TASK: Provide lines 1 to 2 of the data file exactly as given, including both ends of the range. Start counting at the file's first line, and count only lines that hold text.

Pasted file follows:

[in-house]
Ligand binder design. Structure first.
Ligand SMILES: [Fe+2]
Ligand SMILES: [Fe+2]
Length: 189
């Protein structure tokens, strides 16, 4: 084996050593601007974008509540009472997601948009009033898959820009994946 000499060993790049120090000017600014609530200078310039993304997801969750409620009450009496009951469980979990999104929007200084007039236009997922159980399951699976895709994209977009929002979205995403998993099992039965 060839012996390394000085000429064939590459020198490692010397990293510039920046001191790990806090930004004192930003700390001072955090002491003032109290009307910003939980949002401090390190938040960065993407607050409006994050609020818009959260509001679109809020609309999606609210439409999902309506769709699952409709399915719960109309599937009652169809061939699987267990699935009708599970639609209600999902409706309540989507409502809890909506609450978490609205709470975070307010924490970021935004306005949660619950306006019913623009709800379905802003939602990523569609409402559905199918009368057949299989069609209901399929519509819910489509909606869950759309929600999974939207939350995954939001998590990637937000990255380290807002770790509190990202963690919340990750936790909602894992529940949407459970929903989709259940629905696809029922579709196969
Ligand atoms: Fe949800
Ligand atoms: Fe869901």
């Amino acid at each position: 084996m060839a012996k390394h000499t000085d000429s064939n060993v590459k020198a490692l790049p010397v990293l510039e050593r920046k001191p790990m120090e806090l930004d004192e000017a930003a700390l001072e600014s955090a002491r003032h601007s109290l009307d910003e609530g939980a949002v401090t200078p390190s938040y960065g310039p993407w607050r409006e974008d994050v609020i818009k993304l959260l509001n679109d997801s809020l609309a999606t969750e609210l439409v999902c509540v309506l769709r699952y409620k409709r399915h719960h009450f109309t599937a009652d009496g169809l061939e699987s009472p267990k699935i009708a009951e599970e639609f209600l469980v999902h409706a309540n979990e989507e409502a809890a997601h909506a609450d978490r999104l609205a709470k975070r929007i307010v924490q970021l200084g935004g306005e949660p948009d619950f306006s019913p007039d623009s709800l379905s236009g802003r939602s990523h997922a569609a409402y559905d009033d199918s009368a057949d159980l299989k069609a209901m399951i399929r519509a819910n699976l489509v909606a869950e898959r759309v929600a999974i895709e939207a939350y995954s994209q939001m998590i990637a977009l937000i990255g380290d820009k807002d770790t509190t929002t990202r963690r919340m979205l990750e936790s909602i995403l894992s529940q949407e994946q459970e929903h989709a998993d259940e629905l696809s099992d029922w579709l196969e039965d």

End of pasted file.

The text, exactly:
[in-house]
Ligand binder design. Structure first.